Trying to Make a image, one time it works and the next it doesn't. Always when it fails the master just hangs in " restarting the computer to prepare image" (or something like that). The master will boot back to windows but the admin account is disabled, etc and dagent icon is not there. The computer does not show in the console as blue (just gray). It takes several trys of uninstalling dagent and reinstalling to get it to come up in system tray and be blue in console.

Are you using dagent ? I tryed to image a computer out of the box, no name ,no agent, never been set up. It pxe boots to winpe, takes a long time but finally shows as new computer in console. I drag a restore image job to it and it  flakes out in winpe boot where dagent on winpe can't communicate and hangs everytime. I am not running a firewall on my deployment server and I tryed uninstalling virus protection in case that was causing the problem.
Are you having these problems?

stein_brian's picture

Hoping somebody sees this.  So I finally got my answer file to work correctly, or at least complete sysprep without throwing an error.  This new answer file no longer contains any sections about joining the domain as I want to just let Altiris automatically put the machine back in the domain as mentioned above.  And here is where I'm now stuck.  So i create my image of Windows 7 by joining the machine to the domain, throw on Dagent, then I run the following command from a command prompt - sysprep /generalize /oobe /shutdown /unattend:unattend.xml.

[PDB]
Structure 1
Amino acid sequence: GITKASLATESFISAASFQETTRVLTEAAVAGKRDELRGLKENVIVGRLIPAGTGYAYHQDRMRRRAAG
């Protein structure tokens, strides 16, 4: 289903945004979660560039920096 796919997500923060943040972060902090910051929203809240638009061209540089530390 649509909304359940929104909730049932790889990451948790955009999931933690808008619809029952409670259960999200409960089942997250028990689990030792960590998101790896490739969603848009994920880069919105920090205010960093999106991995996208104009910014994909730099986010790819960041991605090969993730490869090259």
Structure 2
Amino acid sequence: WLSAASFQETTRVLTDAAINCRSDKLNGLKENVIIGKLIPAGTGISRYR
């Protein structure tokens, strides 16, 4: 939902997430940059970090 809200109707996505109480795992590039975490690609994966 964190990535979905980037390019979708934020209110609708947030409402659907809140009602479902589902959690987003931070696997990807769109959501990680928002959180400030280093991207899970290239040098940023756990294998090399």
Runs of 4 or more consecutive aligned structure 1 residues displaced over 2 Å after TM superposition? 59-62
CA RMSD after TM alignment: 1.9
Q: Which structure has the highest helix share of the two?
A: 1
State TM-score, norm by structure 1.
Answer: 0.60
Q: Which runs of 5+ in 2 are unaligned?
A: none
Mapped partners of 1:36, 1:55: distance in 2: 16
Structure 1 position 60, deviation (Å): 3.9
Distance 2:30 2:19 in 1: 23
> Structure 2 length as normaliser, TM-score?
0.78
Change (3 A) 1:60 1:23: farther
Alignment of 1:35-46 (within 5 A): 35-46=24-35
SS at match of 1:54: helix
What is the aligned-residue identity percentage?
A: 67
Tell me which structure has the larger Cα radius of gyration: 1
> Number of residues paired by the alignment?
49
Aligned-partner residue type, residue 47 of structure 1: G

Everything goes smoothly, and when the machine shuts down I create my 'create image' job and upload the image using rdeploy.  I do NOT select sysprep since i ran locally on the machine and I do NOT select the box to boot to prodution prior to creating the image.  Machine boots into WinPE and captures the image successfully.  Once done the machine then reboots and automatically runs sysprep as expected, however once it completes my machine is no longer on the domain and it has a new computer name, 'Win-XXXXXXX.'  Does anybody know why Altiris (DAgent I assume) is not doing the post configuration and changing the name back to the original name and putting it back on the domain?  Does that only happen when I actually deploy that image to a computer, or does this tell me that I'm going to have the same issue when I try and deploy this image?

Also, the reason I am running sysprep manually instead of letting Altiris do it is because whenever I let Altiris do it, it totally changes my answer file and takes things out and adds some of it's own stuff in.  Has anybody else experienced this or at least knows what I'm doing wrong?  I'm so close if I can just past these remaining issues.   Any help as alwasy is appreciated, thank you!

Mr Gadget's picture

Stein_Brian,